During a Veterans For Peace protest outside the White House a few years ago, I had a very brief conversation with journalist/activist Chris Hedges. Though as a fundamentalist, I have serious disagreements with Hedges on theology, I very much appreciate his writings and have a deep respect for the courage he has shown in his life. And I hasten to add that we ignore his words about the direction of our country at our own peril. In our exchange, I told him of my efforts to get people from my denomination involved in peace activism. Though I don't remember what he exactly said, when I told him that I belong to the Orthodox Presbyterian Church (OPC), he communicated a message of resignation. Basically, I have no hope, according to Chris. Today, I now have a better understanding of what he meant.
Chris was right about the OPC to a certain extent. Pertaining to the older members of the denomination and those in control, there is little to no hope for change. There is hope among the young people though.
Why is there little to no hope for the older members and those in control? Before that question can be answered, one must briefly describe the OPC and its sister denominations. The OPC and its sister denominations follow the teachings of Martin Luther, John Calvin, and a select set of confessions and catechisms. The extra biblical documents they follow most closely include the Belgic Confession of 1561, the Heidelberg Catechism of 1563, the Canons of Dort of 1619, and the Westminster Confession and Larger and Shorter Catechisms. The most revered of these documents are the ones from Westminster. If we used the language of Jesus's day to describe these documents as a whole, we would call them the traditions of men. Or in this case, we can call them the Reformed Traditions. For just as Jesus used the word "traditions" to describe the interpretations of the Scriptures of his day, so can we do the same when referring to the interpretations of the Scriptures that today's church relies on.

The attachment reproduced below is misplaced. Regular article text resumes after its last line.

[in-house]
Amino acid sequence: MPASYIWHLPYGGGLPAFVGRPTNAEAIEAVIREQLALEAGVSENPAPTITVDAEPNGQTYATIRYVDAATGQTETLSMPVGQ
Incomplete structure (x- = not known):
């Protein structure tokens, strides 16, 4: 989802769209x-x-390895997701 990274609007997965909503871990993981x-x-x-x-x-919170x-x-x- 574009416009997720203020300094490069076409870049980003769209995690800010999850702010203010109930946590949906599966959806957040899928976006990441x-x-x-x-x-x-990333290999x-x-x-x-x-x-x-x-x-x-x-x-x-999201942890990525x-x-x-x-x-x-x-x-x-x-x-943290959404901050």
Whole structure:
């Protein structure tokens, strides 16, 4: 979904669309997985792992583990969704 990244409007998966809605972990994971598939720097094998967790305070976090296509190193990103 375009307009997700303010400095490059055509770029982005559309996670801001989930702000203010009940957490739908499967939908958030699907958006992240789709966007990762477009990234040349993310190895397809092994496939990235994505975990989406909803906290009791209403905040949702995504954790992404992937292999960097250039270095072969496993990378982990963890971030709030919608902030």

The ministers from these denominations tell us that the Reformed Traditions, especially the ones from Westminster, provide the best system of doctrine of what is taught in the Scriptures. This calling the Reformed Traditions the best is a rather vague statement that is pregnant with ambiguity. For if what is meant is that after reading or sampling most, if not all, the interpretations and systems that try to describe what the Bible teaches, they think that the Reformed Traditions provide the most accurate picture of what the Bible says, then I fully agree. After all, this meaning for the word best allows for a great deal of disagreement as well as a laissez-faire attitude toward relying on material from outside of the these documents. But, if what is meant by calling the Reformed Traditions the best is that the Reformed Traditions provide the authoritative rendition of the theology taught in the Bible, then there are problems. And when one looks at the vows for church officers in the OPC and its sister denominations, tragically, the latter meaning of the word best seems to hold sway. For the Church officers are to "receive and adopt" these traditions, especially the Westminster ones, while allowing a minimal number of disagreements.
There are problems with regard to the Reformed Traditions, regardless of which documents you elevate the most, being any kind of authoritative interpretation of the Scriptures. By putting these traditions on such a high pedestal, they start to compete with the Scriptures for our attention. When we so admire these traditions, we are tempted to spend more and more time understanding these traditions and less and less time reading the Bible because these traditions become the key that unlocks the mysteries in God's Word. And when we have such a high regard for the Reformed traditions, if we also struggle with understanding the Bible, we are tempted to regard these traditions as Catholics regard their priests or venerate the Pope. That is the Reformed Traditions become an intermediary between us and the Bible.